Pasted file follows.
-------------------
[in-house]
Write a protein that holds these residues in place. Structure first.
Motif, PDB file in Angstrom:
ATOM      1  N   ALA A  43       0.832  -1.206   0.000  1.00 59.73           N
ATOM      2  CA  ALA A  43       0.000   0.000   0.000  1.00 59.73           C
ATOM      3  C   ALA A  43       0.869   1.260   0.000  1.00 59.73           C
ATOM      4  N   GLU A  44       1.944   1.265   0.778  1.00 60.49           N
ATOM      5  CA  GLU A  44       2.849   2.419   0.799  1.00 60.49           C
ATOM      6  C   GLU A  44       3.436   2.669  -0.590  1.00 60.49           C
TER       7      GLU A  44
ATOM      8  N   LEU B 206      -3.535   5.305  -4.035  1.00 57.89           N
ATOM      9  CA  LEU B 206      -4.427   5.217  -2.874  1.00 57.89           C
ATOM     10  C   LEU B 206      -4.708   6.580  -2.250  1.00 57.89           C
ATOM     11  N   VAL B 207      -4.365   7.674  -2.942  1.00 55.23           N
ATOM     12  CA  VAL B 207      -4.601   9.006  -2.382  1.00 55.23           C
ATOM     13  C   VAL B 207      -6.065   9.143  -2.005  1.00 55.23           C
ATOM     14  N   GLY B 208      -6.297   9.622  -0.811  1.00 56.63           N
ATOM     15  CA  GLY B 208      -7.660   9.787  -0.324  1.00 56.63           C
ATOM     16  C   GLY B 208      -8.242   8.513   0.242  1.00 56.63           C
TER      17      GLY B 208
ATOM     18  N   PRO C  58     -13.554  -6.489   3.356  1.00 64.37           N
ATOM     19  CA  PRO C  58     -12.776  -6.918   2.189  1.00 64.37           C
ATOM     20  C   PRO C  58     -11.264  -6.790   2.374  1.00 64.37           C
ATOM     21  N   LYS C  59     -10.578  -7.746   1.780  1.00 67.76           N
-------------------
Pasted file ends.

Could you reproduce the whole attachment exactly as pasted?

[in-house]
Write a protein that holds these residues in place. Structure first.
Motif, PDB file in Angstrom:
ATOM      1  N   ALA A  43       0.832  -1.206   0.000  1.00 59.73           N
ATOM      2  CA  ALA A  43       0.000   0.000   0.000  1.00 59.73           C
ATOM      3  C   ALA A  43       0.869   1.260   0.000  1.00 59.73           C
ATOM      4  N   GLU A  44       1.944   1.265   0.778  1.00 60.49           N
ATOM      5  CA  GLU A  44       2.849   2.419   0.799  1.00 60.49           C
ATOM      6  C   GLU A  44       3.436   2.669  -0.590  1.00 60.49           C
TER       7      GLU A  44
ATOM      8  N   LEU B 206      -3.535   5.305  -4.035  1.00 57.89           N
ATOM      9  CA  LEU B 206      -4.427   5.217  -2.874  1.00 57.89           C
ATOM     10  C   LEU B 206      -4.708   6.580  -2.250  1.00 57.89           C
ATOM     11  N   VAL B 207      -4.365   7.674  -2.942  1.00 55.23           N
ATOM     12  CA  VAL B 207      -4.601   9.006  -2.382  1.00 55.23           C
ATOM     13  C   VAL B 207      -6.065   9.143  -2.005  1.00 55.23           C
ATOM     14  N   GLY B 208      -6.297   9.622  -0.811  1.00 56.63           N
ATOM     15  CA  GLY B 208      -7.660   9.787  -0.324  1.00 56.63           C
ATOM     16  C   GLY B 208      -8.242   8.513   0.242  1.00 56.63           C
TER      17      GLY B 208
ATOM     18  N   PRO C  58     -13.554  -6.489   3.356  1.00 64.37           N
ATOM     19  CA  PRO C  58     -12.776  -6.918   2.189  1.00 64.37           C
ATOM     20  C   PRO C  58     -11.264  -6.790   2.374  1.00 64.37           C
ATOM     21  N   LYS C  59     -10.578  -7.746   1.780  1.00 67.76           N